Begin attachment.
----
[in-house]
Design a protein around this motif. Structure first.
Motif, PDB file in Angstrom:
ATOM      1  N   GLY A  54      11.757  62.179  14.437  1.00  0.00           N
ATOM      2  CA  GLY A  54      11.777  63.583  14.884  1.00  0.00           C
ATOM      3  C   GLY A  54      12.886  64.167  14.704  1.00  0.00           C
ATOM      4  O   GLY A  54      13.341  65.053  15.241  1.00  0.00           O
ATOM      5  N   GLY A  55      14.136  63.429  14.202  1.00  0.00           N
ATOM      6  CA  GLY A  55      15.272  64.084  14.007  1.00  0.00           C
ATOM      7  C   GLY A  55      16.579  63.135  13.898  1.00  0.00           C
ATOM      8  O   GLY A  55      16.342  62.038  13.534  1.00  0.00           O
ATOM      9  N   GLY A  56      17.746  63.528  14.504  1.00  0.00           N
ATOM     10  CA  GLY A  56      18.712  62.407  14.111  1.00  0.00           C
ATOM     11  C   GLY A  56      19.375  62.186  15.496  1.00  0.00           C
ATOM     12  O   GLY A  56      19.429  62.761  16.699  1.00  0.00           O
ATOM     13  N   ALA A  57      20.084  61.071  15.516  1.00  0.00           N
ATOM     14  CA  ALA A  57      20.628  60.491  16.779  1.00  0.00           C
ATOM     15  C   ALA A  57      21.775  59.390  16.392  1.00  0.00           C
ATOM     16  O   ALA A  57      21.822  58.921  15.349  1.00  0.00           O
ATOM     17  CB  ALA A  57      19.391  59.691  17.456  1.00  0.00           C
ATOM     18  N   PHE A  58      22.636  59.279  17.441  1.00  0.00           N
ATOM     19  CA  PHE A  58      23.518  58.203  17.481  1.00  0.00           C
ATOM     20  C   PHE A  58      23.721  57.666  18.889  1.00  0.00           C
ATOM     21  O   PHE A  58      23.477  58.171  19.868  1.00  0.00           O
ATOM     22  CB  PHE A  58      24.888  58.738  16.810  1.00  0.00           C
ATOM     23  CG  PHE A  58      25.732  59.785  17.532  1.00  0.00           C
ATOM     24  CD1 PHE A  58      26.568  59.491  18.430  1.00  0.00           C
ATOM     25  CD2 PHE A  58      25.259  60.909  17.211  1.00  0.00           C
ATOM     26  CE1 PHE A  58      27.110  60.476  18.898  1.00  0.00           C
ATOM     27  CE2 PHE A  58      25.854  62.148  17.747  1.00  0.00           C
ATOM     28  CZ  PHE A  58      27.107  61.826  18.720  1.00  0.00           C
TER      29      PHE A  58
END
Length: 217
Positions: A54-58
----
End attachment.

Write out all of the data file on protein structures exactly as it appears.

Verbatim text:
[in-house]
Design a protein around this motif. Structure first.
Motif, PDB file in Angstrom:
ATOM      1  N   GLY A  54      11.757  62.179  14.437  1.00  0.00           N
ATOM      2  CA  GLY A  54      11.777  63.583  14.884  1.00  0.00           C
ATOM      3  C   GLY A  54      12.886  64.167  14.704  1.00  0.00           C
ATOM      4  O   GLY A  54      13.341  65.053  15.241  1.00  0.00           O
ATOM      5  N   GLY A  55      14.136  63.429  14.202  1.00  0.00           N
ATOM      6  CA  GLY A  55      15.272  64.084  14.007  1.00  0.00           C
ATOM      7  C   GLY A  55      16.579  63.135  13.898  1.00  0.00           C
ATOM      8  O   GLY A  55      16.342  62.038  13.534  1.00  0.00           O
ATOM      9  N   GLY A  56      17.746  63.528  14.504  1.00  0.00           N
ATOM     10  CA  GLY A  56      18.712  62.407  14.111  1.00  0.00           C
ATOM     11  C   GLY A  56      19.375  62.186  15.496  1.00  0.00           C
ATOM     12  O   GLY A  56      19.429  62.761  16.699  1.00  0.00           O
ATOM     13  N   ALA A  57      20.084  61.071  15.516  1.00  0.00           N
ATOM     14  CA  ALA A  57      20.628  60.491  16.779  1.00  0.00           C
ATOM     15  C   ALA A  57      21.775  59.390  16.392  1.00  0.00           C
ATOM     16  O   ALA A  57      21.822  58.921  15.349  1.00  0.00           O
ATOM     17  CB  ALA A  57      19.391  59.691  17.456  1.00  0.00           C
ATOM     18  N   PHE A  58      22.636  59.279  17.441  1.00  0.00           N
ATOM     19  CA  PHE A  58      23.518  58.203  17.481  1.00  0.00           C
ATOM     20  C   PHE A  58      23.721  57.666  18.889  1.00  0.00           C
ATOM     21  O   PHE A  58      23.477  58.171  19.868  1.00  0.00           O
ATOM     22  CB  PHE A  58      24.888  58.738  16.810  1.00  0.00           C
ATOM     23  CG  PHE A  58      25.732  59.785  17.532  1.00  0.00           C
ATOM     24  CD1 PHE A  58      26.568  59.491  18.430  1.00  0.00           C
ATOM     25  CD2 PHE A  58      25.259  60.909  17.211  1.00  0.00           C
ATOM     26  CE1 PHE A  58      27.110  60.476  18.898  1.00  0.00           C
ATOM     27  CE2 PHE A  58      25.854  62.148  17.747  1.00  0.00           C
ATOM     28  CZ  PHE A  58      27.107  61.826  18.720  1.00  0.00           C
TER      29      PHE A  58
END
Length: 217
Positions: A54-58